Lent, Day 24

LOOK: Sheep in the Moonlight by Craigie Aitchison

Aitchison, Craigie_Sheep in the Moonlight
Craigie Aitchison (Scottish, 1926–2009), Sheep in the Moonlight, 1999. Screenprint in colors, edition of 75 in white ink, on black wove paper, 17 7/8 × 15 in. (45.5 × 38 cm) (full sheet, framed).

LISTEN: “There Is a Green Hill Far Away” | Words by Cecil Frances Alexander, 1848

There is a green hill far away,
Without a city wall,
Where the dear Lord was crucified,
Who died to save us all.

We may not know, we cannot tell,
What pains he had to bear,
But we believe it was for us
He hung and suffered there.

There was no other good enough
To pay the price of sin.
He only could unlock the gate
Of heav’n and let us in.

Oh, dearly, dearly has he loved!
And we must love him too,
And trust in his redeeming blood,
And try his works to do.

>> Version 1: Music by William Horsley, 1844 | Performed by The Gesualdo Six, dir. Owain Park, 2021:

>> Version 2: Music by John H. Gower, 1890 | Performed by The Lower Lights on A Hymn Revival, 2010:

Passion prints by Alena Antonova

Alena Antonova was born in Czechoslovakia in 1930. From 1949 to 1955 she studied graphic arts at the College of Applied Arts in Prague under the acclaimed Cubist painter Emil Filla. Since then she has specialized in printmaking. The primary technique she uses is drypoint, which involves incising a picture with a needle onto a metal plate, then inking it and pressing it onto paper, but she has also done etchings, woodcuts, and linocuts. The female figure is a common theme in her work.

In 1997 Antonova created a series of very small drypoints based on New Testament episodes. Here is a selection of Passion-themed ones from the Sacred Art Pilgrim Collection.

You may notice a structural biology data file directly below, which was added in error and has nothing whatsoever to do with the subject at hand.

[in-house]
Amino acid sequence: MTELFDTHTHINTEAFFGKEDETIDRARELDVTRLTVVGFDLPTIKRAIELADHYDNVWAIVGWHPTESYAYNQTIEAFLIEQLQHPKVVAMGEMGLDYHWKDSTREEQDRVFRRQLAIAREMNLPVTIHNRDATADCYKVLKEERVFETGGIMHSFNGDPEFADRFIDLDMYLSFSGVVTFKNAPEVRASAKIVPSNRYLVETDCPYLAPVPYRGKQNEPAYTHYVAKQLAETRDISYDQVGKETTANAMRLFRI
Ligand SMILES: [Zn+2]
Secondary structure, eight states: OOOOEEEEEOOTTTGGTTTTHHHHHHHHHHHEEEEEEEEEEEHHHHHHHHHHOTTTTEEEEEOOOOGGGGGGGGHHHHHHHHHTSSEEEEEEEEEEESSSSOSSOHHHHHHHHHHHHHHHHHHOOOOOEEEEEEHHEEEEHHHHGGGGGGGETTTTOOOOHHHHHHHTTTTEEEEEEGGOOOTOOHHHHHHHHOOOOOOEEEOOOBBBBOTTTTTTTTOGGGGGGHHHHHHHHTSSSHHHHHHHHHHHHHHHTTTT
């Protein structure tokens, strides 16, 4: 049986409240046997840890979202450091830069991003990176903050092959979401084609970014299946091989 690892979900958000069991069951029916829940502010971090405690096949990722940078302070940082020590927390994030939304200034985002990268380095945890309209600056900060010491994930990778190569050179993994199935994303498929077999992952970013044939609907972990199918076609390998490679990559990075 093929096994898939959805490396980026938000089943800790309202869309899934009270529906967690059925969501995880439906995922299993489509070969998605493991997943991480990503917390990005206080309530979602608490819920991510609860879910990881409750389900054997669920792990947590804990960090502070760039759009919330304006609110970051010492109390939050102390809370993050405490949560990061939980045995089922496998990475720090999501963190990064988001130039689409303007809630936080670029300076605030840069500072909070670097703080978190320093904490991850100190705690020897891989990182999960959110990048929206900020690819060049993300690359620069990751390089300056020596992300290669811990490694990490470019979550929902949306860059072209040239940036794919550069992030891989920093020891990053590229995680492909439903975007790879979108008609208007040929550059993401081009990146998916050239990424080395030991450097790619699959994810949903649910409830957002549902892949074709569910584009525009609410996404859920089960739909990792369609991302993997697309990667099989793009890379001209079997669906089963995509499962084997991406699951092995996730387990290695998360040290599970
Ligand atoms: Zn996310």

Madonna and Child by Alena Antonova
Alena Antonova (Czech, 1930–), Madonna and Child, 1997. Tinted drypoint, 14.5 × 10 cm.

First, a Madonna and Child. This subject—Mary holding the baby Jesus—is obviously not set during Holy Week, but in her interpretation Antonova alludes to the Crucifixion by giving the infant Christ nail prints in his hands and feet. While it’s not uncommon for artists to foreshadow Jesus’s early death in Madonna and Child images by making him appear corpse-like, the overt display of wounds is something I’ve never seen before. I’ve also never seen Mary kissing baby Jesus on the lips—such a tender expression of mother love; she closes her eyes, as if to shut out the formidable omen Simeon had spoken to her at the temple. I’m not sure whether the cat playing with a ball of yarn in the background has a symbolic significance or serves only to domesticate the scene. I guess you could see it as an allusion to Jesus’s future unraveling in Gethsemane, his coming undone.

Last Supper by Alena Antonova
Alena Antonova (Czech, 1930–), The Last Supper, 1997. Tinted drypoint, 14 × 10 cm.

Fast-forward to that day, and we’re at the Last Supper. In traditional fashion, Antonova’s print shows Jesus at the head of the table, with John leaning on his shoulder. Judas is on the other end with his head in hand, stressing out about whether to go through with the betrayal; a moneybag is tied to his waist. I’m not sure where the twelfth disciple is in the picture. Maybe he’s getting drink refills.   Continue reading “Passion prints by Alena Antonova”